The recent discoveries of new vulnerabilities on the computer chips that power most of our computers have left practitioners scrambling to come up with solutions.

Unfortunately, as these vulnerabilities occur at the chip (hardware) level, these are more difficult to address. While operating system vendors have assembled and published updates and patches for their product offerings, it is important for each of us to act responsible to keep all our machines up-to-date.

But other than just keeping our machines up-to-date, what exactly causes the vulnerability?

One of the simplest explanation has come from a Red Hat Blog post where it seeks to simplify the workings around the Meltdown and Spectre vulnerabilities.

Simply put, it is a design implementation, traced way back that allows the chips to appear to work faster than it really does.

Imagine the situation as follows:

You run a pizza joint and every weekday night, at around 8pm, a young man will come your joint to order a 12 inch cheese pizza for takeout.

This goes on for quite sometime until one night, you decide to start making the pizza order before the young man arrives.

True to form, he walks in at 8pm and is quite surprised to find his order ready for takeout. He’s happy to cut down the wait time and goes off a much happier customer.

Overtime, as business grows, you start labeling the young man’s pizza takeout, writing “8pm Young Male – Cheese” on the box, just so that his pre-made order doesn’t get mixed up with the rest.

Slowly, your staff finds out his name, Pete and so the pizza box goes “8pm – Young Male – Cheese – Pete”.

All goes well, till one day, Pete comes in and orders a Veggie Delight Pizza instead!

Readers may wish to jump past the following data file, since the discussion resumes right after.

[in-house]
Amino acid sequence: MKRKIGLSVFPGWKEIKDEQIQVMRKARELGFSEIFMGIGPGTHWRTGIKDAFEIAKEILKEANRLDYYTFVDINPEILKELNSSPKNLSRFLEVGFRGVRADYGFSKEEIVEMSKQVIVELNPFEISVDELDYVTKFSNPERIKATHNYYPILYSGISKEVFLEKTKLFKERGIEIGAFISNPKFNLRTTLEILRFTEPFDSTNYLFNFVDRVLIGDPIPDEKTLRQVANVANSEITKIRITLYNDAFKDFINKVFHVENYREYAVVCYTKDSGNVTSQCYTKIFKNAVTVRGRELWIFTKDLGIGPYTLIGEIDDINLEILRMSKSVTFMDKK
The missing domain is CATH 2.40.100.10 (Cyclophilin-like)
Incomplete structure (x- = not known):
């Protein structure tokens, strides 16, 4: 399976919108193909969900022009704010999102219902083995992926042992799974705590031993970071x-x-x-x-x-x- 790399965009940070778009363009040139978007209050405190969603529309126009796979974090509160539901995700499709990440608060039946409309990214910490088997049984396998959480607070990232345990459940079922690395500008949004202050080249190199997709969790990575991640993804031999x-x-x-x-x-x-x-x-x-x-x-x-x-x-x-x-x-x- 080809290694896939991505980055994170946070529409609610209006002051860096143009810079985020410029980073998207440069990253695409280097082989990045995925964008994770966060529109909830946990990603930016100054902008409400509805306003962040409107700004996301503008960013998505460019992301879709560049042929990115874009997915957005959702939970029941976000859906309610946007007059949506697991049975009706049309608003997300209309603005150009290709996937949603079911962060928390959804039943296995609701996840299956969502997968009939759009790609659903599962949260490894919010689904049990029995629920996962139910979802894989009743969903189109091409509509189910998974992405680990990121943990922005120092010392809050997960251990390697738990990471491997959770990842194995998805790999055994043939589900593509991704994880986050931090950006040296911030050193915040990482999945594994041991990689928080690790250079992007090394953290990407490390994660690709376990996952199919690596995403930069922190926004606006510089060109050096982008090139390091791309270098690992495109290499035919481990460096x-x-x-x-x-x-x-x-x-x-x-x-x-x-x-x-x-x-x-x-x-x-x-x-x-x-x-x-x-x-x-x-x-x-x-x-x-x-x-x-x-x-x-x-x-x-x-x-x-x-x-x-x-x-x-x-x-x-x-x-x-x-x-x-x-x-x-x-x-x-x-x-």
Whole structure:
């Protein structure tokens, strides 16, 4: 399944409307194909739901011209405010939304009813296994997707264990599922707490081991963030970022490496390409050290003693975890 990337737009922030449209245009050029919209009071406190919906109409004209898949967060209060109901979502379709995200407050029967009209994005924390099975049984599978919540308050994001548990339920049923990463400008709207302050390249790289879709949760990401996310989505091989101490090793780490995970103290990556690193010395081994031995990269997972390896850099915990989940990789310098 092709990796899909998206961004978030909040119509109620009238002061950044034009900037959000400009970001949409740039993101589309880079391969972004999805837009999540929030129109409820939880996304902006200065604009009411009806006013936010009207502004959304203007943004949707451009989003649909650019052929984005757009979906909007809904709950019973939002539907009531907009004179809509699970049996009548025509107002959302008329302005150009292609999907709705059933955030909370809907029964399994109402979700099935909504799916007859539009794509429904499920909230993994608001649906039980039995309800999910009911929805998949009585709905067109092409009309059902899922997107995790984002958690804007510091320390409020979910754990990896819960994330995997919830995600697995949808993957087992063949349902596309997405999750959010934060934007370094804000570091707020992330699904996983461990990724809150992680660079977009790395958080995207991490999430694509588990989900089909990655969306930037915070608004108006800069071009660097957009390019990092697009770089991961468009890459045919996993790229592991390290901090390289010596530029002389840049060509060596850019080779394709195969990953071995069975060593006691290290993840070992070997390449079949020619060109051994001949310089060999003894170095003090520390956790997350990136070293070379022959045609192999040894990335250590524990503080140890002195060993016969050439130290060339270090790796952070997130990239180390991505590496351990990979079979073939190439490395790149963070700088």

Instinctively, you go to work on the Veggie Pizza and toss the Cheese takeout box into the bin … along with all the information that is written about the client

“8pm – Young Male – Cheese – Pete”

Doesn’t seem like much right?

Yes, that was exactly the thought all those years ago when the chip designers decided to carry out “Speculative Execution” – which is, based on past experiences, anticipate what is going to to be required and pre-fetch, pre-run the instructions before hand, in anticipation and hope that the client will be better served.

If the “Speculative Execution” was wrong, toss the data and result away, start afresh.

Nothing wrong, until someone found that they can now do something with the data and result that was tossed away.

The data and result that was tossed, did not get the “required” security treatment as it should.

Vulnerabilities explained as simply as possible!

So other than changing the chips themselves, which could be a huge cost and one probably has to wait for verification which chips are not affected, the best would be to carry out all required software patches. While it doesn’t solve the problem at its root, it does help to mitigate the likelihood of an exploit.

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